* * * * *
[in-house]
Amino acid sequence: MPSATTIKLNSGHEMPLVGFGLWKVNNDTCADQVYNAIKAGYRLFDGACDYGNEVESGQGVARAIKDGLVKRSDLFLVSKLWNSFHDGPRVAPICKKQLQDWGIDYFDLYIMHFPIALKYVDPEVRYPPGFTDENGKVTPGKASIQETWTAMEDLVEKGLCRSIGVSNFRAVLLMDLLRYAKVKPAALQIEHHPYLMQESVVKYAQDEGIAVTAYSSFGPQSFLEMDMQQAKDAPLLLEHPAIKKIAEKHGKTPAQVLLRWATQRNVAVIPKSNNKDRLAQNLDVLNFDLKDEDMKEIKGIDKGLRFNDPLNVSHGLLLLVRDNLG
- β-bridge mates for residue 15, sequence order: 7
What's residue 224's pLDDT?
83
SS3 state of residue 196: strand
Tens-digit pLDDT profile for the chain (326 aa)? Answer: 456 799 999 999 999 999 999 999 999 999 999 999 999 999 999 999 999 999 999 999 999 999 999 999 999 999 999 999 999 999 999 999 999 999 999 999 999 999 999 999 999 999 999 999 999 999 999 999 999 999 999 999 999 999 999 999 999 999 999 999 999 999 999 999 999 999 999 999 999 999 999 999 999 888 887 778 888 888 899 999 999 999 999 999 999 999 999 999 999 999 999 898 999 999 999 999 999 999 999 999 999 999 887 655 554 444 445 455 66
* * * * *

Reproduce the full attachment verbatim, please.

[in-house]
Amino acid sequence: MPSATTIKLNSGHEMPLVGFGLWKVNNDTCADQVYNAIKAGYRLFDGACDYGNEVESGQGVARAIKDGLVKRSDLFLVSKLWNSFHDGPRVAPICKKQLQDWGIDYFDLYIMHFPIALKYVDPEVRYPPGFTDENGKVTPGKASIQETWTAMEDLVEKGLCRSIGVSNFRAVLLMDLLRYAKVKPAALQIEHHPYLMQESVVKYAQDEGIAVTAYSSFGPQSFLEMDMQQAKDAPLLLEHPAIKKIAEKHGKTPAQVLLRWATQRNVAVIPKSNNKDRLAQNLDVLNFDLKDEDMKEIKGIDKGLRFNDPLNVSHGLLLLVRDNLG
- β-bridge mates for residue 15, sequence order: 7
What's residue 224's pLDDT?
83
SS3 state of residue 196: strand
Tens-digit pLDDT profile for the chain (326 aa)? Answer: 456 799 999 999 999 999 999 999 999 999 999 999 999 999 999 999 999 999 999 999 999 999 999 999 999 999 999 999 999 999 999 999 999 999 999 999 999 999 999 999 999 999 999 999 999 999 999 999 999 999 999 999 999 999 999 999 999 999 999 999 999 999 999 999 999 999 999 999 999 999 999 999 999 888 887 778 888 888 899 999 999 999 999 999 999 999 999 999 999 999 999 898 999 999 999 999 999 999 999 999 999 999 887 655 554 444 445 455 66